Capturing the image
Dr Neelam Patel provides an insight in to how to capture the perfect OCT scan image
07 March 2019
Before getting down to the business of taking the scan, begin by introducing yourself and briefly explain to the patient that you will be taking an OCT scan of their retina.
Patients that are new to this can be reassured that the process involves simply looking at a target and that the scan doesn’t hurt or touch the eye. To capture suitable images the patient must be positioned correctly at a comfortable height, with their chin and forehead on the appropriate support rests. Explain that they will need to stay in this position for a few minutes, so it is important to get their posture right at this stage.
Candle lit dinner for two
Dimming the room lights will help to enlarge the pupil. Some of the newer OCT instruments will automatically align themselves to the patient’s pupil and focus on the retina, otherwise you’ll need to familiarise yourself with the controls to do this manually. The patient will have a fixation target to look at to help keep their line of sight in the correct position. The fixation target may change in appearance and position depending on the type of scan you are taking. It is useful to describe the fixation target and ask the patient to keep looking towards it. At this stage the patient can blink as normal. If they cannot see the fixation target due to poor sight or an eye turn then you’ll need to use the external fixation target. The external fixation target works by providing the other eye with a target to look at and can be moved into different positions until you have the desired alignment for the ‘testing’ eye.
Many OCTs will have a screen that displays a ‘live feed’ of the image. There are usually settings to enhance the image before capturing. Media opacities such as cataract and vitreous floaters may limit how well you can optimise the image. If the pupils are large enough, you could try to move the alignment to another area of the pupil to avoid the media opacities. If this does not help, the patient may require pupil dilation to achieve a more acceptable OCT scan.
Ready, aim, fire
Capturing the image takes just a few moments. In this time the patient should be instructed to not blink and to keep both eyes wide open. Although you are imaging one eye at a time, keeping both eyes wide open will help reduce blinks and lid closure. Patients with dry eye can use ocular lubricant eye drops to minimise any excessive blinking. The patient should keep looking at the fixation target and try not to move their eyes or become distracted. Once the capture is complete, they can blink as normal again, but advise the patient to stay in the same position as you may need to re-take the image or take additional scans.
After the OCT image has been captured it will usually be displayed on the monitor. It is important to assess the image to ensure that it is of suitable quality with no artefacts. Many OCTs will show a signal-strength score for each scan and this is an indicator of image quality. If the signal strength is high the image will appear distinct and clear. An image with low signal strength will seem grainy and faint. The manufacturer will be able to advise on what signal strength score you should aim for. Common artefacts to look out for include those associated with blinks, motion and incomplete scans. A blink artefact will cause loss of data and so part of the scan will be missing. Blink artefacts are seen as black horizontal bands on the en face image (see Figure 1b) or lost data when scrolling through the B-scan (see Figure 1a). A motion artefact will cause the B-scan to ‘jump’ position when scrolling through and will appear as misalignments of the blood vessels on the en face image (see Figure 2). Incomplete scans may have peripheral areas missing from the en face image or the top or bottom section missing from the B-scan. Incomplete scans can be avoided by repositioning and refocusing. Avoiding artefacts is important as it can render misleading results and may affect clinical decisions and patient management plans. Any significant artefact requires a repeated scan.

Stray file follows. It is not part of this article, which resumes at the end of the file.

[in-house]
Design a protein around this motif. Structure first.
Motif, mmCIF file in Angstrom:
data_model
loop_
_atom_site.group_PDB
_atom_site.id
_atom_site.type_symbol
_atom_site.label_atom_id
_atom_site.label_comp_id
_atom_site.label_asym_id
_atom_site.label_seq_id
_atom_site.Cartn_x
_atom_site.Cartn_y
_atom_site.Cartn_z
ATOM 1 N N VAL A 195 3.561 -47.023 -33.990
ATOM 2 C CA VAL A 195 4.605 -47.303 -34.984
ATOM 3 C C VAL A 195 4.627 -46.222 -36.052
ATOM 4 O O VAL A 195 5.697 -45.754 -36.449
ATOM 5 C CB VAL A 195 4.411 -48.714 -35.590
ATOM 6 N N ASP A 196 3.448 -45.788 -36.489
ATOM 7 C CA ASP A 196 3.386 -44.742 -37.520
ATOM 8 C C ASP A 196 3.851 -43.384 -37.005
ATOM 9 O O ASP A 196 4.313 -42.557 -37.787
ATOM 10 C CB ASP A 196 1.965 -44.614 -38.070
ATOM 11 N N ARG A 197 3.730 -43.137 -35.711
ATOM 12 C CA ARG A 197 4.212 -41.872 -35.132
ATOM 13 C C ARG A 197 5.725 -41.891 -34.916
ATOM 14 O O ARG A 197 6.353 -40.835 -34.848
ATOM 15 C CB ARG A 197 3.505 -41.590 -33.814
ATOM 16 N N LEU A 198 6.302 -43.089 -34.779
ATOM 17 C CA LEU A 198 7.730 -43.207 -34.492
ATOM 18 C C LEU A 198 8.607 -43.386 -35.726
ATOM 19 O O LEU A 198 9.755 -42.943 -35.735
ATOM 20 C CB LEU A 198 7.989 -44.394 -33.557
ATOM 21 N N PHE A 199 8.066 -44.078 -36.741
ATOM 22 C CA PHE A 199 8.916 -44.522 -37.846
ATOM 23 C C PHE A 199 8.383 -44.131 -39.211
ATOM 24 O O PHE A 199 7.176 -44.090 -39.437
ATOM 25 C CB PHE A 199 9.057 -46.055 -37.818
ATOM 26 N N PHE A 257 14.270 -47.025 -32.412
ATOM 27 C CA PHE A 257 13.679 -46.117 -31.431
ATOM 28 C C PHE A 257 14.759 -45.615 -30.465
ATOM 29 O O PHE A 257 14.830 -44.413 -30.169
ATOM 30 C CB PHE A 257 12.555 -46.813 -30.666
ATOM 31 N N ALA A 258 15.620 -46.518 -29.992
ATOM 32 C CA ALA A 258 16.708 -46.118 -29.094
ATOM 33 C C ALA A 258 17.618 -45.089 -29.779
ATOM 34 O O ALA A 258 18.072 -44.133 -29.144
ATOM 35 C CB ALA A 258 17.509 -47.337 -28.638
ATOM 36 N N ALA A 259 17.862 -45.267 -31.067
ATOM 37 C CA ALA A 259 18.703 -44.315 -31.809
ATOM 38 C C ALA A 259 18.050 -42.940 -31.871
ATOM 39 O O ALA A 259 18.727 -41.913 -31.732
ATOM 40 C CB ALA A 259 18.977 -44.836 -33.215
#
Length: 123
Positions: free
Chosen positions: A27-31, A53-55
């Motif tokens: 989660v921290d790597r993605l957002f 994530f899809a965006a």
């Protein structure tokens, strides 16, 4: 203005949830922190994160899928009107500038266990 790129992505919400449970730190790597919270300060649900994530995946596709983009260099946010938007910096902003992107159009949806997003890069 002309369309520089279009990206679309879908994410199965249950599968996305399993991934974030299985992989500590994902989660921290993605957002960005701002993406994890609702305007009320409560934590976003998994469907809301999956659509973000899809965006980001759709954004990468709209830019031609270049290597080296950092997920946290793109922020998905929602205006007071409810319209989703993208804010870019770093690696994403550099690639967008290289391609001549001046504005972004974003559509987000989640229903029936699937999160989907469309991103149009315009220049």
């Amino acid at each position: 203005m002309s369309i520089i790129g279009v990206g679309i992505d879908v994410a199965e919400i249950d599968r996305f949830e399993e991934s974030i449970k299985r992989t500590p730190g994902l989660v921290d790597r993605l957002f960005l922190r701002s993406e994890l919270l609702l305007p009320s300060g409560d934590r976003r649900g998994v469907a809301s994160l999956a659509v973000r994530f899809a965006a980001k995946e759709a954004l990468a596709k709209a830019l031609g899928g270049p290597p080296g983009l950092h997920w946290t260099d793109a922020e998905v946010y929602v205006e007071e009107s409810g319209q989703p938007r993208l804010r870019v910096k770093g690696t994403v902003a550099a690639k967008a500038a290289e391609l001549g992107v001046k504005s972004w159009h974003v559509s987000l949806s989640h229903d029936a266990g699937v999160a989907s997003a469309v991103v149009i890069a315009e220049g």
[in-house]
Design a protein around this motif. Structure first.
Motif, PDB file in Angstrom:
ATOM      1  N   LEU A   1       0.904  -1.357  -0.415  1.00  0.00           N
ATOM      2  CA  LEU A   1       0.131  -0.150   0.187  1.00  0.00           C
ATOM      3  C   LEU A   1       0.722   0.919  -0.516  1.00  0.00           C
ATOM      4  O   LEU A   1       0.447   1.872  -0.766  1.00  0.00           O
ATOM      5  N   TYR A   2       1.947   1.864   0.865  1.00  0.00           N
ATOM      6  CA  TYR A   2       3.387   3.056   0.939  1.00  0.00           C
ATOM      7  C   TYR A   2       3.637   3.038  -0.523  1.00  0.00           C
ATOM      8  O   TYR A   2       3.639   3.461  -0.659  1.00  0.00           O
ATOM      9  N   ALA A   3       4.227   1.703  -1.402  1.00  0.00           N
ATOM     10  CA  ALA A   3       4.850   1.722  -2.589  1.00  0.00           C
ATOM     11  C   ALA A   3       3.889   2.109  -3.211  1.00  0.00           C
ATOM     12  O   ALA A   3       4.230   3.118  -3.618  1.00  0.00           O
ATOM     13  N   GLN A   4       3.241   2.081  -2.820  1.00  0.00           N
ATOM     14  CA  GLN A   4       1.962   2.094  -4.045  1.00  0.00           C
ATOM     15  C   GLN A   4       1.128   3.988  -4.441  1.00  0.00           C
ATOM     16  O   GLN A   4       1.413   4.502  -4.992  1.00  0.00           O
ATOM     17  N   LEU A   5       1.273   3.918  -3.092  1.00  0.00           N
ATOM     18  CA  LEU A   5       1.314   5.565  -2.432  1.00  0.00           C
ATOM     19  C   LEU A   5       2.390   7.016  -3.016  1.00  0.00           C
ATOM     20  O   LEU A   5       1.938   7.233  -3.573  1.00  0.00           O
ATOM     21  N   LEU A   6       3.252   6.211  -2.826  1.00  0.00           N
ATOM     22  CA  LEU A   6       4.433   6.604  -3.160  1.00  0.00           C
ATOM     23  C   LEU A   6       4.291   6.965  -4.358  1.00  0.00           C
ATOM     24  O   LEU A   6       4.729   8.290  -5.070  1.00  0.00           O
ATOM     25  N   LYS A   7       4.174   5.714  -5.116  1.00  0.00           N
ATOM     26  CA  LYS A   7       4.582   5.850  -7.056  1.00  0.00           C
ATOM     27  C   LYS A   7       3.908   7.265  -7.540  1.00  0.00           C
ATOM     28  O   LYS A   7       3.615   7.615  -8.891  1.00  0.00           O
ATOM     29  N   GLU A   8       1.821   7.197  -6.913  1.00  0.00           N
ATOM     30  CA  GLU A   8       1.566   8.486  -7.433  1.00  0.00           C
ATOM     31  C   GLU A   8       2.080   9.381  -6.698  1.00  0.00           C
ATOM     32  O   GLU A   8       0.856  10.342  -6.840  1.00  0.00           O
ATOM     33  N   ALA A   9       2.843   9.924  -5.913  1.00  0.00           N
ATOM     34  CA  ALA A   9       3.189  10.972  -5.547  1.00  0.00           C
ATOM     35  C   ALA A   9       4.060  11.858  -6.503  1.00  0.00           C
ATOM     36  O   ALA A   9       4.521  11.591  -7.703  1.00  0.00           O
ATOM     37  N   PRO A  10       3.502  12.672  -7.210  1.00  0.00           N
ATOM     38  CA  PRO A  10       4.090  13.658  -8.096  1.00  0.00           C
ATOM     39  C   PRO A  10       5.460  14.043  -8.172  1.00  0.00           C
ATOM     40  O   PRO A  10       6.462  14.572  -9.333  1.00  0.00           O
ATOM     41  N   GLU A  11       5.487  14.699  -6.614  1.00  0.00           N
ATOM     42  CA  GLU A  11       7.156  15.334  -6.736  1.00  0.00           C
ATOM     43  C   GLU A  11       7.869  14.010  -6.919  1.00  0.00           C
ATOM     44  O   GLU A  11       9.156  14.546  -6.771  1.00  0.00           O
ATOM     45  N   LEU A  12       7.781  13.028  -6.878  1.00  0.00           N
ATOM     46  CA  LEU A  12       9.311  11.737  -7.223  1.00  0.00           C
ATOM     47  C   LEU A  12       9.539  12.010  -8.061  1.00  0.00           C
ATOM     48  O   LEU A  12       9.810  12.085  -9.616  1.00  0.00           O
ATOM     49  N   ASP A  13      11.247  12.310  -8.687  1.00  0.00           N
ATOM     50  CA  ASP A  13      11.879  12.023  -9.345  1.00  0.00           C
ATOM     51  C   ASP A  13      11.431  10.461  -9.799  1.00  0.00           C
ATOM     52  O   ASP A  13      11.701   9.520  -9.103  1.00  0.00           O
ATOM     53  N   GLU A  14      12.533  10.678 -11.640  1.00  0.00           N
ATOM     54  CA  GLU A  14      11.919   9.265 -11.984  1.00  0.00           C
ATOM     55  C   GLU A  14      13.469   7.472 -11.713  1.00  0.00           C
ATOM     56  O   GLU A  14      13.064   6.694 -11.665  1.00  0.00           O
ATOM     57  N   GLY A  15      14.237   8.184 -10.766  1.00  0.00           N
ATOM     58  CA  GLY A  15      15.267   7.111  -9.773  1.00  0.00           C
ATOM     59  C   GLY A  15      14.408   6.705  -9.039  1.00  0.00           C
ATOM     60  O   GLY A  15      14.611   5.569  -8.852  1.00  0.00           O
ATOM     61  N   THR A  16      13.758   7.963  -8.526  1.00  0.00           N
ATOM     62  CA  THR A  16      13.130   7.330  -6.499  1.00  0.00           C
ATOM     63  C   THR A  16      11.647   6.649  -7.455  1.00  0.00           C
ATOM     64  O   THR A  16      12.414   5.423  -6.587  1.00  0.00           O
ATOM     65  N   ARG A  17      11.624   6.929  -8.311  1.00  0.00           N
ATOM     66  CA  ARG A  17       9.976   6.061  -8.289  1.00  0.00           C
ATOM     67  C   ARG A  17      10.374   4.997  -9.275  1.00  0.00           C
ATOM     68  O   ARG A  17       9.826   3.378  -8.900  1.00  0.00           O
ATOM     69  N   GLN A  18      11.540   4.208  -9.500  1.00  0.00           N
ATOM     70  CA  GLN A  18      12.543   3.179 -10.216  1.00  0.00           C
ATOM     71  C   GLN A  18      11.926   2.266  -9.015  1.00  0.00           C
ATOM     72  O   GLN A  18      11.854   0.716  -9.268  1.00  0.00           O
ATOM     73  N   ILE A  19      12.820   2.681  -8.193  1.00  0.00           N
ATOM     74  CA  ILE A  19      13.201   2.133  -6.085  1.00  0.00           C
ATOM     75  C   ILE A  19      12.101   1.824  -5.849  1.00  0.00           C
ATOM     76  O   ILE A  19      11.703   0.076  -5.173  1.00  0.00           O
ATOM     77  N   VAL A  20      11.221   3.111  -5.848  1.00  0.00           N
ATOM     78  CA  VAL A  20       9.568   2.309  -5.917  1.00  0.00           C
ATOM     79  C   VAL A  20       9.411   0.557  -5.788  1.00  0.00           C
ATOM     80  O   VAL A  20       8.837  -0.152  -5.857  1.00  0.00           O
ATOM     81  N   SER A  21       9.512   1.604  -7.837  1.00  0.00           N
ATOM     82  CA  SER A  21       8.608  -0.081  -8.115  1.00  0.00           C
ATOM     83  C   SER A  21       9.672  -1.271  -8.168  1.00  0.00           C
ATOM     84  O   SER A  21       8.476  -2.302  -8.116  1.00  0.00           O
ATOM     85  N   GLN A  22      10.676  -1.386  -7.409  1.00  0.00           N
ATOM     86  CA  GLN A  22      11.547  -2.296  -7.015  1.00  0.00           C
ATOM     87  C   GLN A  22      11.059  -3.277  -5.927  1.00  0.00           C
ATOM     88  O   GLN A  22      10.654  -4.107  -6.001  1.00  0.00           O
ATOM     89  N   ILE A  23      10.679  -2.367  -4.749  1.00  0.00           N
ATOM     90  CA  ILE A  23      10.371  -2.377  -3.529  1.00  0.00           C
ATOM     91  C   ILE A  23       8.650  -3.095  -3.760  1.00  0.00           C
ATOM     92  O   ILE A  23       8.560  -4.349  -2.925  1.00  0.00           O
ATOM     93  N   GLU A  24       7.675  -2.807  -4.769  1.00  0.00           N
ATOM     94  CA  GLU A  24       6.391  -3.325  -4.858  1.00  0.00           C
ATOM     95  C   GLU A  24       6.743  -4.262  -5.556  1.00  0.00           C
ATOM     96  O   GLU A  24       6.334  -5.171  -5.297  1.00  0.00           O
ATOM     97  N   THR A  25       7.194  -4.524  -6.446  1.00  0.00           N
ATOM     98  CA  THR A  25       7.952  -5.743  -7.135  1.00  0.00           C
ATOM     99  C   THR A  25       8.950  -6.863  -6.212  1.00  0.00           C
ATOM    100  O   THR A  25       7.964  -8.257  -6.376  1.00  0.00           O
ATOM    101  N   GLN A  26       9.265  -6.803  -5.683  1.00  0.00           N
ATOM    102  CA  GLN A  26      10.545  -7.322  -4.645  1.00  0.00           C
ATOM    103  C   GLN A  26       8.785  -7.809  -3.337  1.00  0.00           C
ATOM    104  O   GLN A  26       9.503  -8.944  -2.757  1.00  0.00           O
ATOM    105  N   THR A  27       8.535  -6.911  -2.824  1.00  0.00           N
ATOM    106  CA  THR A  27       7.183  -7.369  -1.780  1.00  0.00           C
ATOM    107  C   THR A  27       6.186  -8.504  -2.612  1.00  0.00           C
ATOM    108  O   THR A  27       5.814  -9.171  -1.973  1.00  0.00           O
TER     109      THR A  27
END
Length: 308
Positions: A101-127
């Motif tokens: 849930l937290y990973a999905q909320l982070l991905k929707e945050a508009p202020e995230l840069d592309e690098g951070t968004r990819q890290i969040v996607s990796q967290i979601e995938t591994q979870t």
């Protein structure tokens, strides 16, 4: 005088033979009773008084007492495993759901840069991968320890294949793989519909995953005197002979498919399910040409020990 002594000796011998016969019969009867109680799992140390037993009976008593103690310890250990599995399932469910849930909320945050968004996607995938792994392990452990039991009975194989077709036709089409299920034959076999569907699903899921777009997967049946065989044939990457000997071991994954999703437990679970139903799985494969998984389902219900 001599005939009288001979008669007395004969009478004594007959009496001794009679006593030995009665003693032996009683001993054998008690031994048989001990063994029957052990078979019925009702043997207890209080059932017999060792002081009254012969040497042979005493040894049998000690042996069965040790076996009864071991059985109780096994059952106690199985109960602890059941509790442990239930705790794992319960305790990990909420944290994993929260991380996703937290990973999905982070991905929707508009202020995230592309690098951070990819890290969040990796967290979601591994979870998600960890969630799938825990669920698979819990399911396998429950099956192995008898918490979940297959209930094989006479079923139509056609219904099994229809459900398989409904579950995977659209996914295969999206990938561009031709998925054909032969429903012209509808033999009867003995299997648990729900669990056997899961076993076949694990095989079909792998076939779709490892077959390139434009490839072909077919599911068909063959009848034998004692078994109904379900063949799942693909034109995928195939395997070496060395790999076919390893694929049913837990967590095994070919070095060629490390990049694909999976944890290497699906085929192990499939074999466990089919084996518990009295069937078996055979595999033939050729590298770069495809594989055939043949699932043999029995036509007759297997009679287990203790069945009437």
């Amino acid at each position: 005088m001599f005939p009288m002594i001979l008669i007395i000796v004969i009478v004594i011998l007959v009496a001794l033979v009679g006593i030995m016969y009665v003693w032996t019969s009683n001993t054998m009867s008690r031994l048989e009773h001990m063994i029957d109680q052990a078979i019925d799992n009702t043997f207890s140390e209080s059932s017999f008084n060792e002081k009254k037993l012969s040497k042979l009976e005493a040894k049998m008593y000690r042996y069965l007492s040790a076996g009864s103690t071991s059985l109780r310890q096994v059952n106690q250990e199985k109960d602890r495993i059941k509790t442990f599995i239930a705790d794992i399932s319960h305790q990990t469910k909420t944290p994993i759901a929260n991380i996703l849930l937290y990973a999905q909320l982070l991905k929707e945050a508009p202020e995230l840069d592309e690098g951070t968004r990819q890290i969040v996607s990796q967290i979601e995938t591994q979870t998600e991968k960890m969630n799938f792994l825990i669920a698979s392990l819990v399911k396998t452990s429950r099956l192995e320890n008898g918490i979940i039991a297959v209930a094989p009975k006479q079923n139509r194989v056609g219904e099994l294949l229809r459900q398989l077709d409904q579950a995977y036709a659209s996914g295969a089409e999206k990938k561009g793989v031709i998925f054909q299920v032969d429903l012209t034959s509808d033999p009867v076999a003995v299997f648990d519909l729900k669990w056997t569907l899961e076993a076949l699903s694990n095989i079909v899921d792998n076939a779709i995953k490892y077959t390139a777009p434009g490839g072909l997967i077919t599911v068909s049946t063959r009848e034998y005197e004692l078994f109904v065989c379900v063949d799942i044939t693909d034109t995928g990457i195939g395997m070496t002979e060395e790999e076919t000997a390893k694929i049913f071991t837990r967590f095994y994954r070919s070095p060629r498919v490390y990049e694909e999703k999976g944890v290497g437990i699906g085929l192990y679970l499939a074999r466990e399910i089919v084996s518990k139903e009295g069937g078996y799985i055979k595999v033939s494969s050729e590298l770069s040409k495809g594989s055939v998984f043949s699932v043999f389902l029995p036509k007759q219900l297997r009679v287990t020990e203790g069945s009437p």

Other articles in this series
- 'Selling' the OCT concept to patients: Dr Neelam Patel's three points that every practice team should consider
- The OA's take: Zoe Harrison's views on developing your clinical skillset
- The ABC of OCT: Dr Louise Terry's back-to-basics guide to OCT
- Fact from fiction: From visual fields to AMD, OT gets myth-busting
- The shape of things to come: OCT is evolving and OT explores the trends
- Patient outcomes: Dr Louise Terry on how OCT devices are helping to detect eye conditions
- My take on...OCT: Our experts' predictions on what is next for OCT.
Image credit: Heidelberg Engineering